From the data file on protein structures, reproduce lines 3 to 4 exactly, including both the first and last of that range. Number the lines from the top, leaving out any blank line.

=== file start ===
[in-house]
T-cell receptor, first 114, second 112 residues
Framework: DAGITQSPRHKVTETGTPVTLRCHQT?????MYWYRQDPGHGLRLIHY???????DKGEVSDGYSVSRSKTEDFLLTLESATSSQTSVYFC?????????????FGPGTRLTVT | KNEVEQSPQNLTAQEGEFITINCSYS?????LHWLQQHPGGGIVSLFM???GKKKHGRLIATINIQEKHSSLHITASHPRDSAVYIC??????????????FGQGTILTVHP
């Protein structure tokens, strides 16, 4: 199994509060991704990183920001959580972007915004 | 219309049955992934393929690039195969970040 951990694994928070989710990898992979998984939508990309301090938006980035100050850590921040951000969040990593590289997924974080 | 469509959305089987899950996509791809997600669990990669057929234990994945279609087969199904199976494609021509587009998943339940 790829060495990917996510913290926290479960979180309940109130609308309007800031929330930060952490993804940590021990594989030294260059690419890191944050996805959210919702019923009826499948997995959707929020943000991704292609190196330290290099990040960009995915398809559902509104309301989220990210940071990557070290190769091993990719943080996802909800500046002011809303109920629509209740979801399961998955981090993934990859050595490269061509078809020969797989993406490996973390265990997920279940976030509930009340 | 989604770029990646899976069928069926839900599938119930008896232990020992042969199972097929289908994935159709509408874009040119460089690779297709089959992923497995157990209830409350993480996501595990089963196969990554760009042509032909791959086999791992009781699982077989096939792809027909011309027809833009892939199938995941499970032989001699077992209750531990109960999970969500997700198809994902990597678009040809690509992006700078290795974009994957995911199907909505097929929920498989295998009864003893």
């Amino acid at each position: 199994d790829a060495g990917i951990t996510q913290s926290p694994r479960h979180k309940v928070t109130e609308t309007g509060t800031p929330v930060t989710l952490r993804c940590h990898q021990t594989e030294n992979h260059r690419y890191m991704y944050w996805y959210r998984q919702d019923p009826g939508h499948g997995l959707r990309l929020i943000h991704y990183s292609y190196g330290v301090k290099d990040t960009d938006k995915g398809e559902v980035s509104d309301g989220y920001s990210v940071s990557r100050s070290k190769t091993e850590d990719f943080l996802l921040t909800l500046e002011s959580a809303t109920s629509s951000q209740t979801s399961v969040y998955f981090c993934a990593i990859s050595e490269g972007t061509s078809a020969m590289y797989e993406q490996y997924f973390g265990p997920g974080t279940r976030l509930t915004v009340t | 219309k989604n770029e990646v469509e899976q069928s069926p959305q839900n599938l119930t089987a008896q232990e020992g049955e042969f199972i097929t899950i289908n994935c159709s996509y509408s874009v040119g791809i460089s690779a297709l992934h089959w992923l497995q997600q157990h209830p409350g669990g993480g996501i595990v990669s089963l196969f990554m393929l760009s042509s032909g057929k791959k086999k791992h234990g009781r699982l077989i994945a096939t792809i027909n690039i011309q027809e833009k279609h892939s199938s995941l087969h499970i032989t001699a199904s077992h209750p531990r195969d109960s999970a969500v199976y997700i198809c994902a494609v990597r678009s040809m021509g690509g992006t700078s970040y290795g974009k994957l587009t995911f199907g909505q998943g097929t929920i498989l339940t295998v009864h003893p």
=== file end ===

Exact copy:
Framework: DAGITQSPRHKVTETGTPVTLRCHQT?????MYWYRQDPGHGLRLIHY???????DKGEVSDGYSVSRSKTEDFLLTLESATSSQTSVYFC?????????????FGPGTRLTVT | KNEVEQSPQNLTAQEGEFITINCSYS?????LHWLQQHPGGGIVSLFM???GKKKHGRLIATINIQEKHSSLHITASHPRDSAVYIC??????????????FGQGTILTVHP
């Protein structure tokens, strides 16, 4: 199994509060991704990183920001959580972007915004 | 219309049955992934393929690039195969970040 951990694994928070989710990898992979998984939508990309301090938006980035100050850590921040951000969040990593590289997924974080 | 469509959305089987899950996509791809997600669990990669057929234990994945279609087969199904199976494609021509587009998943339940 790829060495990917996510913290926290479960979180309940109130609308309007800031929330930060952490993804940590021990594989030294260059690419890191944050996805959210919702019923009826499948997995959707929020943000991704292609190196330290290099990040960009995915398809559902509104309301989220990210940071990557070290190769091993990719943080996802909800500046002011809303109920629509209740979801399961998955981090993934990859050595490269061509078809020969797989993406490996973390265990997920279940976030509930009340 | 989604770029990646899976069928069926839900599938119930008896232990020992042969199972097929289908994935159709509408874009040119460089690779297709089959992923497995157990209830409350993480996501595990089963196969990554760009042509032909791959086999791992009781699982077989096939792809027909011309027809833009892939199938995941499970032989001699077992209750531990109960999970969500997700198809994902990597678009040809690509992006700078290795974009994957995911199907909505097929929920498989295998009864003893």